Wednesday, January 6, 2016

The Revenant (openng in Cleveland on January 8th)



[THE REVENANT opens in Cleveland area cinemas on Friday, January 8th.]

Review by Bob Ignizio

Review by Bob Ignizio

In terms of plot, THE REVENANT is kind of like a cross between a seventies Clint Eastwood western/revenge movie like THE OUTLAW JOSEY WALES, and a western survival film of that same era like JEREMIAH JOHNSON. The specifics derive from a novel of the same name by Michael Punke, which was itself based on the true story of frontier scout Hugh Glass. And to be sure, the story of Mr. Glass, both in real life and in this slightly fictionalized version is quite gripping. But as Roger Ebert was fond of saying, it’s not what a movie is about, it’s how it is about it.


Alejandro G. Iñárritu’s THE REVENANT is “about it” in a way that reminds one of the films of Terrence Malick. Writer Chris Wisniewski’s comments on Malick from Reverse Shot magazine could just as easily apply here: “Those rambling philosophical voiceovers; the placid images of nature, offering quiet contrast to the evil deeds of men; the stunning cinematography, often achieved with natural light; the striking use of music.”

In Malick’s tighter films from the seventies like BADLANDS and DAYS OF HEAVEN that approach yields tremendous rewards. But as Malick’s films became longer and looser beginning with THE THIN RED LINE, they became more distancing to many viewers. I still like his work up through 2005’s THE NEW WORLD, but starting with TREE OF LIFE in 2011, Malick’s films have become increasingly self-indulgent and unsatisfying.

Sadly, although I think Iñárritu is aiming for something akin to THE NEW WORLD, he lands much closer to TREE OF LIFE and its equally obtuse follow-up TO THE WONDER. Like those films, THE REVENANT looks quite beautiful and feels oh so important, but never makes the case that it’s worthy of such a high minded and heavy handed approach. Fortunately, the story is such a compelling one that Iñárritu’s artistic pretensions can’t fully drain it of interest.

Glass, played by Leonardo DiCaprio, survives a raid on his trapping party by hostile Ree Indians only to be brutally attacked by a bear shortly thereafter. The rest of the party leaves moves on, leaving behind Glass’ half-native son Hawk (Forrest Goodluck), a young trapper named Bridger (Will Poulter), and roughhewn veteran frontiersman John Fitzgerald (Tom Hardy) to give the injured man a proper burial when the time comes. Fitzgerald doesn’t want to wait, though, and when Hawk catches him trying to move things along, Fitzgerald kills the boy and hides the body.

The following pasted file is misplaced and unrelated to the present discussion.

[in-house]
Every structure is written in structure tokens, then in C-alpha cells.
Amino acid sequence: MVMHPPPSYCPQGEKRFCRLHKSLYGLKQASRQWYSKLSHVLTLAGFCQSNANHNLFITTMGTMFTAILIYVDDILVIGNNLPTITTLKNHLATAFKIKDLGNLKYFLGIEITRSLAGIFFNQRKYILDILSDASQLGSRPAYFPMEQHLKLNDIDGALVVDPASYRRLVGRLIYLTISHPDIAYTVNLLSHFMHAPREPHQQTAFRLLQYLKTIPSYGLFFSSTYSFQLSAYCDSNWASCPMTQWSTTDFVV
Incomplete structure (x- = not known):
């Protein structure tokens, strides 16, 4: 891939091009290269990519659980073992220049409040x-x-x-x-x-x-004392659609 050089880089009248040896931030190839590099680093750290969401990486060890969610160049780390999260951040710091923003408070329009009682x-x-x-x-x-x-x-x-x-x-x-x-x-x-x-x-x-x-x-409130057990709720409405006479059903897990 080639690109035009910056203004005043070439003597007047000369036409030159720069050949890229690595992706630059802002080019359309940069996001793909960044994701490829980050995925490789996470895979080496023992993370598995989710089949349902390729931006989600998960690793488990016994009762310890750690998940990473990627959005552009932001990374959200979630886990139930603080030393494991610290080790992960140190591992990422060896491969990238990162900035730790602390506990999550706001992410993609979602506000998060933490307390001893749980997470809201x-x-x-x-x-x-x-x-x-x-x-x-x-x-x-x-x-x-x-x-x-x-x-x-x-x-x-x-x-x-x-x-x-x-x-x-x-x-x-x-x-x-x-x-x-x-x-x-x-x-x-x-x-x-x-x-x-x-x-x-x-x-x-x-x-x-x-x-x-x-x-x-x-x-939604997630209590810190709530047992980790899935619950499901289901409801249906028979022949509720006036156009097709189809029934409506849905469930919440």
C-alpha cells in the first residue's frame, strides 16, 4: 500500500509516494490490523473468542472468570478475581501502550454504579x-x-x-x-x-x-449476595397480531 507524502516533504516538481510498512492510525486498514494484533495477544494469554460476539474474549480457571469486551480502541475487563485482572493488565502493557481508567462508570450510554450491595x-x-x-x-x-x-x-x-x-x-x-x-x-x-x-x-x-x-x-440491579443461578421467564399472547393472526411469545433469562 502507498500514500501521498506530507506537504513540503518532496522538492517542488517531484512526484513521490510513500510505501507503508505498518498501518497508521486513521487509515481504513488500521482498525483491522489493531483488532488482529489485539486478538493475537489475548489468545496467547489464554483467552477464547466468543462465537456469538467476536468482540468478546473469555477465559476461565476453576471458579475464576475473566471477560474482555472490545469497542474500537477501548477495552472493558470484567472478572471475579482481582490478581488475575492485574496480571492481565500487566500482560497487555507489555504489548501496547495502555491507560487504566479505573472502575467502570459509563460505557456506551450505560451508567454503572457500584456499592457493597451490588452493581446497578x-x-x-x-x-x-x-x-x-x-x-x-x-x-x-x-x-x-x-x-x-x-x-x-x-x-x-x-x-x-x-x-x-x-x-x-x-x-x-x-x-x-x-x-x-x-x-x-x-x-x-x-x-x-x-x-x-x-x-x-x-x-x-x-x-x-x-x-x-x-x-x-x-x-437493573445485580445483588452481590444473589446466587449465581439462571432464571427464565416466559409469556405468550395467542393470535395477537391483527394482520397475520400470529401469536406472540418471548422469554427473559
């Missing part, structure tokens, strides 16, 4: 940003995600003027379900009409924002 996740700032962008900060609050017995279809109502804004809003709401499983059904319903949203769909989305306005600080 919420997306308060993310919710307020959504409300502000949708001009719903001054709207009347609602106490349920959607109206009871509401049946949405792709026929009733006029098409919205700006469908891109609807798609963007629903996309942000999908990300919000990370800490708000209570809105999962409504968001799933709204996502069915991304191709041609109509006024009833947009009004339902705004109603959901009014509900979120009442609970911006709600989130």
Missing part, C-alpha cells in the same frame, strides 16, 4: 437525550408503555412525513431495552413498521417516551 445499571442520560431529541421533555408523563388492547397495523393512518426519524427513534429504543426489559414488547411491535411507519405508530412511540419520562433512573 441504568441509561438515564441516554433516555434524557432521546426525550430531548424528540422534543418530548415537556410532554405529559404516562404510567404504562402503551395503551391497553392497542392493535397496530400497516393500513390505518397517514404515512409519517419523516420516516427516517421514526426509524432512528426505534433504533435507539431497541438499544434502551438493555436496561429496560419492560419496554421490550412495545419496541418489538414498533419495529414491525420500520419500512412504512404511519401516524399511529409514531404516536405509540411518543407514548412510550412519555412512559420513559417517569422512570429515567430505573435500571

When Bridger returns to the camp, Fitzgerald convinces him they are in imminent danger of being attacked by the Ree. Glass is hastily tossed into a shallow grave as the other trappers hightail it out of there. Evidently through sheer force of will alone, he survives and sets out for revenge, occasionally crossing paths with the Ree who attacked his party earlier in the film, and who are on their own quest to rescue one of their women who has been captured by white men.

There’s also a brief interlude where a Pawnee Indian helps Glass and offers up words of wisdom about vengeance being in the hands of the creator, words that are repeated later in the film. If this is truly the theme Iñárritu is trying to convey, though, it doesn’t really gibe with what happens onscreen.

By the way, if you’re one of those people who likes actors to deliver their lines in such a way that you can actually tell what they’re staying, steer well clear of this one. Tom Hardy mumbles his way through as usual, while DiCaprio talks in a raspy whisper for much of the film. Which is reasonable for a character whose throat has been ripped open by a bear, don’t get me wrong. It’s just that it can get a bit frustrating if you actually want to know what the actors are saying.

Like I said, though, the story is a good one, and even if you can only make out every other word anyone is saying, it’s not like you won’t know what’s going on. It’s also admirable that DiCaprio did most of his own stunts, and while the shooting conditions reportedly drove the crew crazy, there’s no denying that the naturally lit cinematography is impressive. But the film keeps an emotional distance from its audience, rendering material that should be visceral and energetic somewhat inert. THE REVENANT strives for greatness, and that’s worthy of respect, but in the end it comes up short. 2 ½ out of 4 stars.

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